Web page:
Bring your own snorkeling equipment, rent snorkeling equipment for the day, or book a trip with an experienced guide from Everyday California.
To wetsuit or not to wetsuit? Some swimmers will be comfortable without a wetsuit, depending on the time of year. They may be rented if you require one, especially in the winter.
In the cove, where should you snorkel? Once you reach the Cove area (north end of the park), you'll see three primary snorkeling spots: The immediate vicinity of Cove (the rocky section just to the left) To the south of the cove (near the kelp beds) To the north, along the caverns.
Snorkeling safety: Check with a lifeguard about the water's safety if one is available. It's a good idea to inquire about the currents and visibility in the water, as it's not always ideal - particularly in this location. Learn more about what you should know before diving into the cove. In the ocean, you'll most likely witness a variety of plant and animal life, including brilliant orange Garibaldi, sea kelp, many species of fish, and even marine turtles. It is even possible to swim alongside Leopard Sharks. Don't worry, they're both safe and fun to watch.
Take your water excursions to the next level with guided tours or private lessons from local experts. Scuba diving at Jolla Cove is an excellent chance for divers of all levels of expertise. There are numerous options for activities: In the La Jolla Cove Ecological Reserve, go kelp forest diving. Green turtles, seven-gill sharks, and dolphins may be seen, as well as the landscape you'll be exploring. Terrain features include marine kelp, sandy plains, and canyon walls.
Open Water Swimming Buoys are positioned strategically to serve as distance markers. This allows swimmers to determine how far they are from the beach. There is a quarter mile buoy and another at a half mile out, but most swimmers remain within half a mile of shore. In general, the less experience you are the closer you should swim to shore. It's critical to remember that this is the open ocean. Contact the La Jolla Cove Swim Club for further advice and information.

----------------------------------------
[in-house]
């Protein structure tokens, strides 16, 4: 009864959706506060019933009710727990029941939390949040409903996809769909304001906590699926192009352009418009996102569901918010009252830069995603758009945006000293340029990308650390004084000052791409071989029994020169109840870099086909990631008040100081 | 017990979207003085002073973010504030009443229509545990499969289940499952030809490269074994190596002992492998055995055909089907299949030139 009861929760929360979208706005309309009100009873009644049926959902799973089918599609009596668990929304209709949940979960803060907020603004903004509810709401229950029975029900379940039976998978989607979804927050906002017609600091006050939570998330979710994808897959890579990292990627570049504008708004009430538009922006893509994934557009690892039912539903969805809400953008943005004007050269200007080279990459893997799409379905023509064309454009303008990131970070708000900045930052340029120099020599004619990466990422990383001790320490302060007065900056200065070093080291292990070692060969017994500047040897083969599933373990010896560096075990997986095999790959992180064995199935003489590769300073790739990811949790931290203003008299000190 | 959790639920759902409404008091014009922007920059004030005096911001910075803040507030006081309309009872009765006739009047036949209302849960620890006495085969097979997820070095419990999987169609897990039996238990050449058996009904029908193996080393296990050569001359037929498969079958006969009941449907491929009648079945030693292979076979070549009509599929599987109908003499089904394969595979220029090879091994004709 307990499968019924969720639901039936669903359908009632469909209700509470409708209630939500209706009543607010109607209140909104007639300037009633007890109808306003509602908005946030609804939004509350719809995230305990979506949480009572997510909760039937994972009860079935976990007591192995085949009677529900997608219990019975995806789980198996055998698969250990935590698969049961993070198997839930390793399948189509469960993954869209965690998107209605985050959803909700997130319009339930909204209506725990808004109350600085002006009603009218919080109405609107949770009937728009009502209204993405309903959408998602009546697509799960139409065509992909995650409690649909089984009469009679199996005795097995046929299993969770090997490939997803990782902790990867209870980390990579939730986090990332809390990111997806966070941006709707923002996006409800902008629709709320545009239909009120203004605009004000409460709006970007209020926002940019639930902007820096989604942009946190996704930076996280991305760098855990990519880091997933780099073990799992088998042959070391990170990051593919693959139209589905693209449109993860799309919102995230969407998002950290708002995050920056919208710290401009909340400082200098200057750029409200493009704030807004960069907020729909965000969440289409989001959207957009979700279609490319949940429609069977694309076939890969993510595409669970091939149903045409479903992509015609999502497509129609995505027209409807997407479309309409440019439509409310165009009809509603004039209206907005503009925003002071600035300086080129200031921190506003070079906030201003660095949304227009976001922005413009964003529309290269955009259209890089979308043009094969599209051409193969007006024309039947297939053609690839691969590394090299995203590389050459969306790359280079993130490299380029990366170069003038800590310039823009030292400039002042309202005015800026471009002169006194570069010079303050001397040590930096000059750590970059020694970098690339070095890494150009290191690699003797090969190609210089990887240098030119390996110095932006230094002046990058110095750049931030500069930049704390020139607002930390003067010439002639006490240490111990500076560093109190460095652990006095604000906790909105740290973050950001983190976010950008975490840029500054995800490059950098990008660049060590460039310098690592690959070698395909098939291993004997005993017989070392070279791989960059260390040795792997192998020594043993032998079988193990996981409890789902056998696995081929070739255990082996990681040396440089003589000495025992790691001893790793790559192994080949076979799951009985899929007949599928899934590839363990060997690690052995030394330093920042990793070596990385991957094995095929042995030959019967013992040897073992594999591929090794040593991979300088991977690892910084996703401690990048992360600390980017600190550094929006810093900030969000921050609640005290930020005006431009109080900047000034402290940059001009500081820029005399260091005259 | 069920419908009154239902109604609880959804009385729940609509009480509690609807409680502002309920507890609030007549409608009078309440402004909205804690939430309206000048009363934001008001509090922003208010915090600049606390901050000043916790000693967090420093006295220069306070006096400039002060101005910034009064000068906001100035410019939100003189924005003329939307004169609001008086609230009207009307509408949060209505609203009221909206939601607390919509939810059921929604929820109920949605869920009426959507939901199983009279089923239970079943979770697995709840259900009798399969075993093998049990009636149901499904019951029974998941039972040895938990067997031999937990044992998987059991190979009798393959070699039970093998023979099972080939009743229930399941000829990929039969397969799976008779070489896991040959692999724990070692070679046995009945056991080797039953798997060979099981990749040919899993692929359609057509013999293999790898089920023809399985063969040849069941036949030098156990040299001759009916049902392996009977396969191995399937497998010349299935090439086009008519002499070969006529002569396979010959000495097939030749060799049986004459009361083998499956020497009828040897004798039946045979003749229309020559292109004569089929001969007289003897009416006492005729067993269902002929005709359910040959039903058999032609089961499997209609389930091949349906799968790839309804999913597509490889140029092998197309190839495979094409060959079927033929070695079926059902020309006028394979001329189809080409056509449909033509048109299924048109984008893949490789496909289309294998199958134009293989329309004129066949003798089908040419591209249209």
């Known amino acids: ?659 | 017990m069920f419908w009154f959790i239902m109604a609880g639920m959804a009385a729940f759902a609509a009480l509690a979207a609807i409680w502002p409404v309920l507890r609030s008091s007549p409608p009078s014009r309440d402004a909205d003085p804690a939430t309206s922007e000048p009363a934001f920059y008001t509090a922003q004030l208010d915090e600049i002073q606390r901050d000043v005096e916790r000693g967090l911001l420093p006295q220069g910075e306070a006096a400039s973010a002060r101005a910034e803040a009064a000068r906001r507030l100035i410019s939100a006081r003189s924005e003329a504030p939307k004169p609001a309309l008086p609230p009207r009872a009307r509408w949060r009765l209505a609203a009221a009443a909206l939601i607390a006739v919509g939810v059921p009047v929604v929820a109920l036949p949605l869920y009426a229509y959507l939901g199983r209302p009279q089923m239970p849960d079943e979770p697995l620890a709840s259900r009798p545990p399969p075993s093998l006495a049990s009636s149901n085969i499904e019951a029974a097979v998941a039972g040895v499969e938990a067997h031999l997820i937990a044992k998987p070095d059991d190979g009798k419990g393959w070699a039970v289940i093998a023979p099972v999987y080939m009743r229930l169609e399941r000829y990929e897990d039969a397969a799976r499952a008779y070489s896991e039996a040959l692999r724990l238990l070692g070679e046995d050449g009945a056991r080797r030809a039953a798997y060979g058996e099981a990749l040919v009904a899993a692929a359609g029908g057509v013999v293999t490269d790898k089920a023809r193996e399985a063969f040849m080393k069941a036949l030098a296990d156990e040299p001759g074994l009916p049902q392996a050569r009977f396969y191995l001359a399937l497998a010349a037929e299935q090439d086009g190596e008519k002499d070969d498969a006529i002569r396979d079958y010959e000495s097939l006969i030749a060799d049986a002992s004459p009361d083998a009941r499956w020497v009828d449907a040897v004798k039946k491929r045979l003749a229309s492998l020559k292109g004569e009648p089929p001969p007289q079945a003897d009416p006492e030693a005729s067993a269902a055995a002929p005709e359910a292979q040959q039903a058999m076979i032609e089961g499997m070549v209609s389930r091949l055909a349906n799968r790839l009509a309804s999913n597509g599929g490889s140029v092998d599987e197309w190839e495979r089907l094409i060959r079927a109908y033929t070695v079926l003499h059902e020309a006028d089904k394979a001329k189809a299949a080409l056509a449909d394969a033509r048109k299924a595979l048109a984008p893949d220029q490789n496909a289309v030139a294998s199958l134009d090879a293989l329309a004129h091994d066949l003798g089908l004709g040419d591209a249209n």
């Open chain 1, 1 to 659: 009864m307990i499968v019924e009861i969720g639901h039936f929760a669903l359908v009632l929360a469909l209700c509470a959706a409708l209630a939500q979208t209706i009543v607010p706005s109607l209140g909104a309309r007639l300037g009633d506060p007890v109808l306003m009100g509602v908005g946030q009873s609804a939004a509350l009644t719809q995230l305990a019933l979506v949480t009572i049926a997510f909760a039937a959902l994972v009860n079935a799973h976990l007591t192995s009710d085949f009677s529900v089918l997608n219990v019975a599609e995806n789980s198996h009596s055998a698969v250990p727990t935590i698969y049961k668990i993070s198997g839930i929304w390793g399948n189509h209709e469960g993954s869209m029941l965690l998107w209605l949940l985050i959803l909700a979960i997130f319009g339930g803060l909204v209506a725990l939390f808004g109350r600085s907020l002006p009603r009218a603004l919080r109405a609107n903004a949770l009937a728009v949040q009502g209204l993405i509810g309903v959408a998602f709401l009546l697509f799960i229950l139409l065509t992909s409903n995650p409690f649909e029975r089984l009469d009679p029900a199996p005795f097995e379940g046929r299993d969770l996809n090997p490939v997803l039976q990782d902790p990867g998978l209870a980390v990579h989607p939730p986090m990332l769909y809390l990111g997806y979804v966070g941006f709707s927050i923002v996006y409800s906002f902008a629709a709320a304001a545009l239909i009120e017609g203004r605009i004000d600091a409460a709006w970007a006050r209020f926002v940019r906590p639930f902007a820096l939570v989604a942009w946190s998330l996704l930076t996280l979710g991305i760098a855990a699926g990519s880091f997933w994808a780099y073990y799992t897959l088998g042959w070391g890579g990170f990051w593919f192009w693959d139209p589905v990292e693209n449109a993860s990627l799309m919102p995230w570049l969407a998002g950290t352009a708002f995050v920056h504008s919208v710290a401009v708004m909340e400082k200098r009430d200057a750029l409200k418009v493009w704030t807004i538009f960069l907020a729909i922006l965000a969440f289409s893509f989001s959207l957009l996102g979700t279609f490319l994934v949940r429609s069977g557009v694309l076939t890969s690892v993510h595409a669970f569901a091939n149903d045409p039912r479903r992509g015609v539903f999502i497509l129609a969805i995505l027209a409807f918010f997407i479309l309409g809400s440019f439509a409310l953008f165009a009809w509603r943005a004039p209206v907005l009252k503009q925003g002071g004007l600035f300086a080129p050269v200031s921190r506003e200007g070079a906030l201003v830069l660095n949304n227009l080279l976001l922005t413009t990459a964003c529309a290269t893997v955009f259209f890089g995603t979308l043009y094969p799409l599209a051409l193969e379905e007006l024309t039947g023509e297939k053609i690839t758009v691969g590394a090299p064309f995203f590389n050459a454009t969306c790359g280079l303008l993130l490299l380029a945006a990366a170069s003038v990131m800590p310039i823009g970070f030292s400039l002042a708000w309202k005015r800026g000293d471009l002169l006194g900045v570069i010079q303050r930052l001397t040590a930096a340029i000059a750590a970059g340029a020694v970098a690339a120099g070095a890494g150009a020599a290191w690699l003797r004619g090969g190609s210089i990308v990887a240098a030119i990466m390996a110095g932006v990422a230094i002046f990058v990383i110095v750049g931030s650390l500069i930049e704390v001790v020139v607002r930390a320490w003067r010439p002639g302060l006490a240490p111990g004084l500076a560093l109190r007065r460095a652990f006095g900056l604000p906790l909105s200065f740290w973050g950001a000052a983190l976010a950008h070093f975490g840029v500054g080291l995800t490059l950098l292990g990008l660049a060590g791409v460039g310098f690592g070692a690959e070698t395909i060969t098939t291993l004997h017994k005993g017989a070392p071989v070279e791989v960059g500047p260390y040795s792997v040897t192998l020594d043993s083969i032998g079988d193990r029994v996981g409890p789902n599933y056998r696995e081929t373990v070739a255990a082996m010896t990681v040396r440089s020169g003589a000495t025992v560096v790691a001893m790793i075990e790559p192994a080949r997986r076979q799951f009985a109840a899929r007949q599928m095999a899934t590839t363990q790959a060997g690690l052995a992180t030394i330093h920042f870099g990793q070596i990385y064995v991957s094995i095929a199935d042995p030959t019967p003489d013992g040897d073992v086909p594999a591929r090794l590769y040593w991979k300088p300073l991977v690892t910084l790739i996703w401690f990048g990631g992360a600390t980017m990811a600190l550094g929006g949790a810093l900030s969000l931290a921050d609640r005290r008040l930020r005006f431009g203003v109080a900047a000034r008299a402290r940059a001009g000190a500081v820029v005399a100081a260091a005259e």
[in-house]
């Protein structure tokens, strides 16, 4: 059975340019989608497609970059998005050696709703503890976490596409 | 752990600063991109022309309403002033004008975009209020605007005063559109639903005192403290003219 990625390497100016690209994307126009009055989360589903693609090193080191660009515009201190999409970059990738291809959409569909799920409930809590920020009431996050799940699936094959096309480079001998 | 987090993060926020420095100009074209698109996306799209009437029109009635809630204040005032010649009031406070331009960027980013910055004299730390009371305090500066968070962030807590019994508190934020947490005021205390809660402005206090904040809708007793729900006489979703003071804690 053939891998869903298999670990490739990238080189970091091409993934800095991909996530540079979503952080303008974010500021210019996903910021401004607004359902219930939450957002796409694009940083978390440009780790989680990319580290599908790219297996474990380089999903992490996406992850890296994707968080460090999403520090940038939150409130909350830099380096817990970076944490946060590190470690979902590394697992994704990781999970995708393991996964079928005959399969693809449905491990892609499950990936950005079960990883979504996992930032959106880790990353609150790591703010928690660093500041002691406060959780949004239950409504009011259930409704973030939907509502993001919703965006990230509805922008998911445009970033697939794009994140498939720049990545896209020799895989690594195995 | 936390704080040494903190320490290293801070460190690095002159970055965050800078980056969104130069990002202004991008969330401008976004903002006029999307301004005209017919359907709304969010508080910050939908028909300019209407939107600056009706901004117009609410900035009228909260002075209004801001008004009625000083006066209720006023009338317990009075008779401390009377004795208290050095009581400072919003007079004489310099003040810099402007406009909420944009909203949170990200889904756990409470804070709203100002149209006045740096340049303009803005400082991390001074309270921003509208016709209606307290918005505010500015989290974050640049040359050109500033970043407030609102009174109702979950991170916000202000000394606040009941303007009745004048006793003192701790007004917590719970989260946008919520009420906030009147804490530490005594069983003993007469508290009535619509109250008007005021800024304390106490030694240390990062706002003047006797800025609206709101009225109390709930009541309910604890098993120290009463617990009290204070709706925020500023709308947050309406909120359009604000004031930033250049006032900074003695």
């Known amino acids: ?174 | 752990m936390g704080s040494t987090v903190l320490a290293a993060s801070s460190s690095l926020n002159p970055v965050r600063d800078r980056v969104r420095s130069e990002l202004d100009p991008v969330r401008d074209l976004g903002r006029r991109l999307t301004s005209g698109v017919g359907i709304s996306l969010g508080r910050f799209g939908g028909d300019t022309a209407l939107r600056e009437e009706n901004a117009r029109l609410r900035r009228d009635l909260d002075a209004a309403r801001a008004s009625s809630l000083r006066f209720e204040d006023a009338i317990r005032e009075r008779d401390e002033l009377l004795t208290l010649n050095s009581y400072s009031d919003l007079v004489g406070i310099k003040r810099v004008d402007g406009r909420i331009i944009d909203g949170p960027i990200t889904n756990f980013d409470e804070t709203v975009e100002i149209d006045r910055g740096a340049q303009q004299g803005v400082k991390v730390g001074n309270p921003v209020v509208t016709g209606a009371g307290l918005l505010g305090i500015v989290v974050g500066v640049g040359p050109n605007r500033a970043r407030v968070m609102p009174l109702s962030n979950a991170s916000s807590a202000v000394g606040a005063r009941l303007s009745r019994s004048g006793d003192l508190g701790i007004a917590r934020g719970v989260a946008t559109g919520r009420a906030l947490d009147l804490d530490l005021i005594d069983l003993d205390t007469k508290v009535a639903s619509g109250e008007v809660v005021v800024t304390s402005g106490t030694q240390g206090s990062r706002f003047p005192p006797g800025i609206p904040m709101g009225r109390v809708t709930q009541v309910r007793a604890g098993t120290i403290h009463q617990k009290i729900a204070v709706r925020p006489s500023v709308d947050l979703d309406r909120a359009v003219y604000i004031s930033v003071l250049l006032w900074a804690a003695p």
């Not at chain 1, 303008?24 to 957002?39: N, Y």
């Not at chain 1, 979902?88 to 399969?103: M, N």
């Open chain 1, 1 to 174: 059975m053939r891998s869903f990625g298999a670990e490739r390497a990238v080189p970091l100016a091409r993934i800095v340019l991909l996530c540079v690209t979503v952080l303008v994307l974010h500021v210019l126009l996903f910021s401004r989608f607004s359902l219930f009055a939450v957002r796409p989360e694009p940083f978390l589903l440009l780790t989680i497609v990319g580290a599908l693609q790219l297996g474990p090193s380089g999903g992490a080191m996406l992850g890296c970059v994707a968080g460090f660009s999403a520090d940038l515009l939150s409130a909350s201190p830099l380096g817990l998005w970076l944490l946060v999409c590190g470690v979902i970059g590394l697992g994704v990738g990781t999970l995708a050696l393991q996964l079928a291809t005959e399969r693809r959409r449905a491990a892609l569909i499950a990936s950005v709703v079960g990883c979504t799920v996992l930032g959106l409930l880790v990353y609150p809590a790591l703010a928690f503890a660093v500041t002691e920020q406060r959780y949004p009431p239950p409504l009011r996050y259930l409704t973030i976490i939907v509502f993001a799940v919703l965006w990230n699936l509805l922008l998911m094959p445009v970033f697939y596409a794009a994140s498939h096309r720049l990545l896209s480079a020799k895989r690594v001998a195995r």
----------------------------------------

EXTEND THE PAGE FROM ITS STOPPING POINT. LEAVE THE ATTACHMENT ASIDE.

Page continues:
Lifeguards are also stationed at the cove year-round. They are an excellent source of information on currents, temperature, marine life, geography, and ocean factors (such as rocks, kelp, or seagrass).
Kayak around the La Jolla Cove by renting kayaks, or join us for a guided tour of the Seven Caves and the La Jolla Underwater Park. On this trip in a double kayak, you'll get up close and personal with the La Jolla Caves while kayaking alongside guides in the La Jolla Ecological Reserve.
These kayaking trips are an invaluable opportunity to appreciate the beauty of the La Jolla environment. The guides add to the enjoyment by explaining the many sorts of riches found in the caverns or how to swim with leopard sharks.
On a kayaking expedition, visit the Seven Sea Caves and paddle through the La Jolla Ecological Reserve. You'll get to view the splendor of La Jolla and the seven sea caves, as well as witness sea lions sunning on the rocks and our state fish, the brilliant orange Garibaldi, swimming beneath your kayak in La Jolla Cove. You'll have the option to surf your kayak back to land on the way back.
Throughout the tour, your guides will ensure that you are safe and having a good time. There is no experience necessary, and safety is our first priority. The cave's entrance is subject to ocean and weather conditions, yet it is only a minor portion of this incredible excursion. In any case, you'll be able to appreciate and learn about the natural beauty of La Jolla Cove!
If the conditions are safe, we will assist you in guiding your kayak inside Emerald Cave. We will still paddle out and visit La Jolla's World Famous Marine Reserve if it is not safe to access Emerald Cave.
Stand Up Paddle Boards (SUP)
Enjoy the peace and quiet as you glide across the water's surface - it's also a great arm exercise! Don't worry if you've never done stand-up paddle boarding before; it's a terrific water activity for beginners and is simple to master.
Stand-up Paddle boarding is one of the finest ways to get out on the ocean and enjoy the scenery. The sport originated as a traditional Hawaiian practice that was brought to the globe in the mid-60's and has since become the world's fastest-growing board spot, partly since it's rather simple to learn!
Rent a stand-up paddleboard and explore La Jolla's stunning Underwater Park. You'll get two hours to tour our Ecological Reserve and experience one of the top paddleboarding places in San Diego.
While on the sea, you'll be able to explore the Seven Sea Caves, as well as a variety of marine life and La Jolla's renowned beauty! Our inflatable stand-up paddleboard rentals are lightweight boards that are easy to transfer from our shop to the beach and back.
Head to the top of La Jolla for a world-class view of Mt. Soledad, then down through Pacific Beach and back through La Jolla to the cove. On your own, explore the bike trails that wind through and around La Jolla Cove; one of our favorites is the Fay Avenue Bike Path, which begins at Fay Avenue and Nautilus Streets and finishes at La Jolla Hermosa Ave.
Golf Carts and Segways are also excellent modes of transportation for individuals seeking something a little different.
You can't find a better location for snorkeling, scuba diving, or just hanging out at the beach. The water is calm, clear, and warm all year round.